Winter coat from Zara: $14.99
Baby Gap jacket: $5.99
Blue and green striped sweater: $4.99
Alpine sweater: $3.50
H&M gray cardigan: $4.99
White softsole shoes: $9.99
I think I’m also going to try selling some of Edison’s old or unworn stuff here, so I can get store credit!
3. Love, Lincoln: Another mama-made shop, they sell everyday clothes for babies, kids, and women. If you’re not lucky enough to find a cute cardigan at your local consignement store, check out the cardigans they sell, in 48 colors!
4. Freshly: First of all, Blue Apron didn’t work out for us. We were paying $60 for three meals a week, and there were no leftovers. But the biggest reason it wasn’t working for us was the time it took to make the meals – each one took at least an hour, minimum, even though the time estimate was 30-40 minutes. The food was also kind of unusual. So, the main goal of saving time wasn’t happening. After I cancelled, Brian sent me a link for Freshly. Not only does the food arrive in a box at your door, but it’s already cooked. It just has to be warmed up in two minutes! It costs less for more meals. It sounds a little too good to be true. Anyone else have any experience with it? Let me know!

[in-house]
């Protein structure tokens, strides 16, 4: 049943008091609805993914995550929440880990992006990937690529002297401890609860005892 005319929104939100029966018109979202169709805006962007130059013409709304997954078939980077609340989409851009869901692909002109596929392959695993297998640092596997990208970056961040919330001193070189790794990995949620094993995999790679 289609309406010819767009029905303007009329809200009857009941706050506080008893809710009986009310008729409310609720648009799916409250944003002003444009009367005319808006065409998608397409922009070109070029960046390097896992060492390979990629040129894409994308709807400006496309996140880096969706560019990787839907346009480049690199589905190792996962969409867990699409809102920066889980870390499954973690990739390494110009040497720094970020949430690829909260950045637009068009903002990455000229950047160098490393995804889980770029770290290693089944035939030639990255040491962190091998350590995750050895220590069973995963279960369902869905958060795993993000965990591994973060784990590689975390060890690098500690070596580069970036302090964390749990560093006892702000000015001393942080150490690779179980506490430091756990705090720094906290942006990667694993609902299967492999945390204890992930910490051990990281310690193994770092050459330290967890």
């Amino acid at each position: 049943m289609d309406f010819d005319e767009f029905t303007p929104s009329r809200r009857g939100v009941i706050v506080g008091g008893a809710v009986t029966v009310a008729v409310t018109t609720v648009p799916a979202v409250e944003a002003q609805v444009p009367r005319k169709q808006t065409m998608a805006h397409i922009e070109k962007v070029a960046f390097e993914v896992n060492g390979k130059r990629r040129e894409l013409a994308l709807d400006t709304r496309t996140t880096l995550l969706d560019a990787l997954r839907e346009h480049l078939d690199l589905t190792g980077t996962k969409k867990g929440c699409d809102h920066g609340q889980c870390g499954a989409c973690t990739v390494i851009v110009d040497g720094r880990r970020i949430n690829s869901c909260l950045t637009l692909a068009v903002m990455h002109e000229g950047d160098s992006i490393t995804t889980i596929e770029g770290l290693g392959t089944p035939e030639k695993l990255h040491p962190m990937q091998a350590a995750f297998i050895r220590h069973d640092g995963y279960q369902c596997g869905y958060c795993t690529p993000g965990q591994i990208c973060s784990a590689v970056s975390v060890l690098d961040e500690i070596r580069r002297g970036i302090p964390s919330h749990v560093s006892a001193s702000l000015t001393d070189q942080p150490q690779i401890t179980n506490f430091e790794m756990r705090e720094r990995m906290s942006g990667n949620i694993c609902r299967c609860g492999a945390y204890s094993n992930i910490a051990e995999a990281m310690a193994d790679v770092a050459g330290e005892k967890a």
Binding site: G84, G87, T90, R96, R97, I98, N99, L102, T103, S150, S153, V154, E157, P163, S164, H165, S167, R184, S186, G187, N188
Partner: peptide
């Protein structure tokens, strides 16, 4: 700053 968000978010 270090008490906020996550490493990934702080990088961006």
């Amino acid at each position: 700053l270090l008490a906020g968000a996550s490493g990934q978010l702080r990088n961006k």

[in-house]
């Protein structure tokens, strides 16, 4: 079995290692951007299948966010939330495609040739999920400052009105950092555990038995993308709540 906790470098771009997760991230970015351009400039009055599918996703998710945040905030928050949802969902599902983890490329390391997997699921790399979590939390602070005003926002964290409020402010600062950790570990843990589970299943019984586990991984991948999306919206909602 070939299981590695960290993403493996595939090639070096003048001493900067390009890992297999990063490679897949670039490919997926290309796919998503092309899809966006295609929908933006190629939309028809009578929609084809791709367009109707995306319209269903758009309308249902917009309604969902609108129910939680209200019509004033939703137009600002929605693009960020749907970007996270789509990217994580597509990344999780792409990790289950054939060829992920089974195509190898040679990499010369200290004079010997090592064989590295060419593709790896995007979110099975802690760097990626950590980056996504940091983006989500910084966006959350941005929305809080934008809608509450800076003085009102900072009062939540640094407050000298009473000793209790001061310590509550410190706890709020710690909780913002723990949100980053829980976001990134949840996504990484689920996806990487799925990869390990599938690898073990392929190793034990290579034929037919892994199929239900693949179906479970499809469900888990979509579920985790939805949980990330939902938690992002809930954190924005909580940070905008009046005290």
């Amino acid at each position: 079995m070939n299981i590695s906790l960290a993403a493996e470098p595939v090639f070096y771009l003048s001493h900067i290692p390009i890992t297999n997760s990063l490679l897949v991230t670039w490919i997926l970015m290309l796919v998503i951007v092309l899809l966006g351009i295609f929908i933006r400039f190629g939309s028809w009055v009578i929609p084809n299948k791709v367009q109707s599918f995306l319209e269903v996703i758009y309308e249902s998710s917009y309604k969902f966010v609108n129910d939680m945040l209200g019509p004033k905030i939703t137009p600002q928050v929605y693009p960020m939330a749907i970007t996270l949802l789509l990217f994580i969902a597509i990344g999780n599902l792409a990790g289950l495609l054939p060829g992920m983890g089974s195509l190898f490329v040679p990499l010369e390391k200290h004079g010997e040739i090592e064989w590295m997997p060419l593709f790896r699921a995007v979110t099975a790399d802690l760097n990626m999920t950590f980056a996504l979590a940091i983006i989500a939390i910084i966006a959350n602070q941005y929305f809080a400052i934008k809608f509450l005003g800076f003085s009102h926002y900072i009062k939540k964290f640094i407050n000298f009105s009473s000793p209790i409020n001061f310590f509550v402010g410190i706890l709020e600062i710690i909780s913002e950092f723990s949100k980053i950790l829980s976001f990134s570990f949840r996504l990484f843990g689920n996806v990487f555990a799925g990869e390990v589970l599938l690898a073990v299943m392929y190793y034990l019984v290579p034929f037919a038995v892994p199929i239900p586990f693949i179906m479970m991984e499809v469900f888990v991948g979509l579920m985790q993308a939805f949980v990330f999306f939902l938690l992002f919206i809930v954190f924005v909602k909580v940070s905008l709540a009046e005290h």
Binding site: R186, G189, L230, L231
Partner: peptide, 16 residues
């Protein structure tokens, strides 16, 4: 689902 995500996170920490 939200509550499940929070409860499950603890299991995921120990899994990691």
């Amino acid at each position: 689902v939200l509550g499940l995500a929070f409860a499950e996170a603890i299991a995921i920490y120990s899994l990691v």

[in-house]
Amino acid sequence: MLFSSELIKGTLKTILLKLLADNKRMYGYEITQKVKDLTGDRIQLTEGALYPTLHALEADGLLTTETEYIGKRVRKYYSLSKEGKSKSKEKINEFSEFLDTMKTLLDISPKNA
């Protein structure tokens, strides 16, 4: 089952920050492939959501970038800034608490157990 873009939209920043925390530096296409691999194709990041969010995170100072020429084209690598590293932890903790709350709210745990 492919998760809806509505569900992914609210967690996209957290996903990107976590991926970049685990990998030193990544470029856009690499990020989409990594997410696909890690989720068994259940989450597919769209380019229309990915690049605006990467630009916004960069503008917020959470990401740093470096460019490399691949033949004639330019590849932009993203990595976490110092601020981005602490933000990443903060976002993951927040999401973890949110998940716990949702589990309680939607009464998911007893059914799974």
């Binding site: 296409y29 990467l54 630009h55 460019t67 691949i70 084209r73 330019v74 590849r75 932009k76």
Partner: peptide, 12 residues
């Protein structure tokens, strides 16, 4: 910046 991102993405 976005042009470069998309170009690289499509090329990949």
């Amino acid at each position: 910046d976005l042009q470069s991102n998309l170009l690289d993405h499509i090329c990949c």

In October of 2012, I decided to change my shopping habits. I’d learned that the fashion industry is one of the largest industries in the world, and is also notorious for human trafficking and forced labor.
Child workers, alongside exploited adults, can be subjected to violence and abuse such as forced overtime, as well as cramped and unhygienic surroundings, bad food, and very poor pay. The low cost of clothes on the high street means that less and less money goes to the people who actually make them. – Victoria and Albert Museum
For 31 days, I blogged every week day about the exploitative labor issues involved with “fast fashion.” For those 31 days, I wore ten items of clothing, and auctioned off my other clothes to raise awareness and funds for a human trafficking rescue organization. After that month, I felt incredibly free. I’d realized that I used shopping as an emotional crutch to cover insecurity, and my goal going forward was to keep 100 items of clothing in my closet.
After a jam packed September, we’re savoring the slower days of October.
Three of the four weekends in September, we were traveling or Brian was racing. He started with a open water swimming race in Canyon Lake. I dreaded waking up before the sunrise, but as it turned out, the little monkey decided to wake up at 3 am and not go back to sleep, so we were already up! The views were worth the early morning.
The weekend after that, Brian swam/biked/ran an Olympic distance triathalon!
I shopped at the Junk in the Trunk Vintage Market that weekend, thanks to my sister-in-law’s help keeping Edison occupied.